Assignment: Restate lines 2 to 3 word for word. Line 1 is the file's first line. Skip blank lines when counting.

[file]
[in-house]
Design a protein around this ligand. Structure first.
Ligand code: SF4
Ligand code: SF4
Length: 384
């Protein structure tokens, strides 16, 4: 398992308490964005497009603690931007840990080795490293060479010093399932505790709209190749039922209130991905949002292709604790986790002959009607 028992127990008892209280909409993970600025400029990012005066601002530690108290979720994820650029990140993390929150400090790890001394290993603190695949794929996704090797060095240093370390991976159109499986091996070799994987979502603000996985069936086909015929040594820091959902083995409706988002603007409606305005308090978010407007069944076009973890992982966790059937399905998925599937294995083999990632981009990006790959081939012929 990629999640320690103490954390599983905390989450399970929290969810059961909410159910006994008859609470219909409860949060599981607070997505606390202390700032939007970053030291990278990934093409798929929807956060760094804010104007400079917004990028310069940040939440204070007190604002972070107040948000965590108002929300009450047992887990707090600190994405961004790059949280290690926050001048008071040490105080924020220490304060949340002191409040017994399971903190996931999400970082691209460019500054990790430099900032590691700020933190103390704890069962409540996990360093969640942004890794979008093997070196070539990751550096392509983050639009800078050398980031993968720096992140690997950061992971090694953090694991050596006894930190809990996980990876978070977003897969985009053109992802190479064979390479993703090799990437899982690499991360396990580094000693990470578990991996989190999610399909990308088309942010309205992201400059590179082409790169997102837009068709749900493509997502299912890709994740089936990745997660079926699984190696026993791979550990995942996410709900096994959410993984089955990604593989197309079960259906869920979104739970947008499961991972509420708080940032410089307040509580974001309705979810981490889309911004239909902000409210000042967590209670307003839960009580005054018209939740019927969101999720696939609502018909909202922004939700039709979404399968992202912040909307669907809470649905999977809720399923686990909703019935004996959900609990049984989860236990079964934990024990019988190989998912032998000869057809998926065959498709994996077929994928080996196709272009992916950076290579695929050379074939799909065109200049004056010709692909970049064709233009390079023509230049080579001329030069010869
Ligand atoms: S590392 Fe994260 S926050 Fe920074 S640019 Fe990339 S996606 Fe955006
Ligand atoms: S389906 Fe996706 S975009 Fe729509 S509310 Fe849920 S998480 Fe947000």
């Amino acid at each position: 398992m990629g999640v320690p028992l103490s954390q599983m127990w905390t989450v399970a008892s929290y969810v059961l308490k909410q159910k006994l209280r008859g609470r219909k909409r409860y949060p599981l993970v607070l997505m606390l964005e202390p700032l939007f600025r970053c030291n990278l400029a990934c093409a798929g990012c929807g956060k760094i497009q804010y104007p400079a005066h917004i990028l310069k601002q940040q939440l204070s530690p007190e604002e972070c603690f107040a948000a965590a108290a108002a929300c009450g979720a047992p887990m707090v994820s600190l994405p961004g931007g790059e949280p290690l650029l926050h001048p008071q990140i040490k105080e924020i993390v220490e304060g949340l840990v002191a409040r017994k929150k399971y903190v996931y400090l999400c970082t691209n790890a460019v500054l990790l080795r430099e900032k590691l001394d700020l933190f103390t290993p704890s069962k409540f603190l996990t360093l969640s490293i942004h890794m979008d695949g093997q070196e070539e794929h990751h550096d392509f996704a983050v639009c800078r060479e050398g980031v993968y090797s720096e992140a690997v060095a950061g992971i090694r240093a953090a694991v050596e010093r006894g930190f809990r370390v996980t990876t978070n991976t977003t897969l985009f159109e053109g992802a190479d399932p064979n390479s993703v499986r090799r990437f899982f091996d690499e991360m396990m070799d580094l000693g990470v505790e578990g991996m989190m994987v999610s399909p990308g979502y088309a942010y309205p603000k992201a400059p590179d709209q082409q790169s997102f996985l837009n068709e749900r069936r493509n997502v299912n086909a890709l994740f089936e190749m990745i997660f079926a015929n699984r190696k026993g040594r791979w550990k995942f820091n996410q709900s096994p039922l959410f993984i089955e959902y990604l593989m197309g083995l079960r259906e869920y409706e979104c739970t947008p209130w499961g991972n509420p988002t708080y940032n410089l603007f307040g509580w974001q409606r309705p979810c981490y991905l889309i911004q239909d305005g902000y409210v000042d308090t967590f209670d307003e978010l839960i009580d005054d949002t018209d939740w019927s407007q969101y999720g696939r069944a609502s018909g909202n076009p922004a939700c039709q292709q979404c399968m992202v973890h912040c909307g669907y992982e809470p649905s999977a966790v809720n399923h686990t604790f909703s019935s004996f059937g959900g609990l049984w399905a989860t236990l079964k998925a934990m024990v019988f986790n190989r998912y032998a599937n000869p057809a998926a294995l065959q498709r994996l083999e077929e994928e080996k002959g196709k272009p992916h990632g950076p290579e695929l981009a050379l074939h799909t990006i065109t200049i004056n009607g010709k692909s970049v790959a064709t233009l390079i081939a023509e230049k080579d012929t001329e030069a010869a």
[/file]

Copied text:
Design a protein around this ligand. Structure first.
Ligand code: SF4